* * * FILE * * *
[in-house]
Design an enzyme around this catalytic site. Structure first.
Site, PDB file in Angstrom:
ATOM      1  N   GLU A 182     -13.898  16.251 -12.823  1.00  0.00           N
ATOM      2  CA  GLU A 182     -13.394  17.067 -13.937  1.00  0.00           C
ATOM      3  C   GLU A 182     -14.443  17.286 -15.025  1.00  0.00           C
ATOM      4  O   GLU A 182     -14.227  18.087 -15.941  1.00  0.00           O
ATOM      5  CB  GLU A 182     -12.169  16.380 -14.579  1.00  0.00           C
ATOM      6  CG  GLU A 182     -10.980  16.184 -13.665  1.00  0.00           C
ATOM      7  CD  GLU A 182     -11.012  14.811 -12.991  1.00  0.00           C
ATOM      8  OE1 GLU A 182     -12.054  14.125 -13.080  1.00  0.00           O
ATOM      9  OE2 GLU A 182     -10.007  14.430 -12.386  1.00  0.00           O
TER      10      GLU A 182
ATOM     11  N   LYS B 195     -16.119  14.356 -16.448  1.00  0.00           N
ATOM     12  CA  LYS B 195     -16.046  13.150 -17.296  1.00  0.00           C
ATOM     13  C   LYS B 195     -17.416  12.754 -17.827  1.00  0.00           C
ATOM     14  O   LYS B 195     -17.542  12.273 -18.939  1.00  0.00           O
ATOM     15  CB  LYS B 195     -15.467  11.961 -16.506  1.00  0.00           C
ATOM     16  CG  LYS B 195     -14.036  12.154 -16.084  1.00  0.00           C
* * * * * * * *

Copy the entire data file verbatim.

[in-house]
Design an enzyme around this catalytic site. Structure first.
Site, PDB file in Angstrom:
ATOM      1  N   GLU A 182     -13.898  16.251 -12.823  1.00  0.00           N
ATOM      2  CA  GLU A 182     -13.394  17.067 -13.937  1.00  0.00           C
ATOM      3  C   GLU A 182     -14.443  17.286 -15.025  1.00  0.00           C
ATOM      4  O   GLU A 182     -14.227  18.087 -15.941  1.00  0.00           O
ATOM      5  CB  GLU A 182     -12.169  16.380 -14.579  1.00  0.00           C
ATOM      6  CG  GLU A 182     -10.980  16.184 -13.665  1.00  0.00           C
ATOM      7  CD  GLU A 182     -11.012  14.811 -12.991  1.00  0.00           C
ATOM      8  OE1 GLU A 182     -12.054  14.125 -13.080  1.00  0.00           O
ATOM      9  OE2 GLU A 182     -10.007  14.430 -12.386  1.00  0.00           O
TER      10      GLU A 182
ATOM     11  N   LYS B 195     -16.119  14.356 -16.448  1.00  0.00           N
ATOM     12  CA  LYS B 195     -16.046  13.150 -17.296  1.00  0.00           C
ATOM     13  C   LYS B 195     -17.416  12.754 -17.827  1.00  0.00           C
ATOM     14  O   LYS B 195     -17.542  12.273 -18.939  1.00  0.00           O
ATOM     15  CB  LYS B 195     -15.467  11.961 -16.506  1.00  0.00           C
ATOM     16  CG  LYS B 195     -14.036  12.154 -16.084  1.00  0.00           C